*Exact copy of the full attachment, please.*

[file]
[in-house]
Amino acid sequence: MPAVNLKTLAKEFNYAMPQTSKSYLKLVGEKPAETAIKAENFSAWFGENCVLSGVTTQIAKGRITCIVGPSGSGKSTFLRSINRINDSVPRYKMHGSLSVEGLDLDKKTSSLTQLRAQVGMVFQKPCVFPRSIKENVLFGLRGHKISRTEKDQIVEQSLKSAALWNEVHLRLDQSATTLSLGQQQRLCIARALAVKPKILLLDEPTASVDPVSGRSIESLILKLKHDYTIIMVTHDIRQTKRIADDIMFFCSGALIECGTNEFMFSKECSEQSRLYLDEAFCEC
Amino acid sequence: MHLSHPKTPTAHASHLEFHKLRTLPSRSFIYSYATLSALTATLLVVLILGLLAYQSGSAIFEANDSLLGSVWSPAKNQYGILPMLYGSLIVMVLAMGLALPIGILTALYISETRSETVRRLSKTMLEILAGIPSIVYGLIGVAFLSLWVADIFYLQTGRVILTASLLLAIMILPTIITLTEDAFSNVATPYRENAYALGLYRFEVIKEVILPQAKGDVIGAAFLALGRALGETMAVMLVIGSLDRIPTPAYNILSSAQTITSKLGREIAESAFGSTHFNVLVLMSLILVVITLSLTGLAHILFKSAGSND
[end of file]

[in-house]
Amino acid sequence: MPAVNLKTLAKEFNYAMPQTSKSYLKLVGEKPAETAIKAENFSAWFGENCVLSGVTTQIAKGRITCIVGPSGSGKSTFLRSINRINDSVPRYKMHGSLSVEGLDLDKKTSSLTQLRAQVGMVFQKPCVFPRSIKENVLFGLRGHKISRTEKDQIVEQSLKSAALWNEVHLRLDQSATTLSLGQQQRLCIARALAVKPKILLLDEPTASVDPVSGRSIESLILKLKHDYTIIMVTHDIRQTKRIADDIMFFCSGALIECGTNEFMFSKECSEQSRLYLDEAFCEC
Amino acid sequence: MHLSHPKTPTAHASHLEFHKLRTLPSRSFIYSYATLSALTATLLVVLILGLLAYQSGSAIFEANDSLLGSVWSPAKNQYGILPMLYGSLIVMVLAMGLALPIGILTALYISETRSETVRRLSKTMLEILAGIPSIVYGLIGVAFLSLWVADIFYLQTGRVILTASLLLAIMILPTIITLTEDAFSNVATPYRENAYALGLYRFEVIKEVILPQAKGDVIGAAFLALGRALGETMAVMLVIGSLDRIPTPAYNILSSAQTITSKLGREIAESAFGSTHFNVLVLMSLILVVITLSLTGLAHILFKSAGSND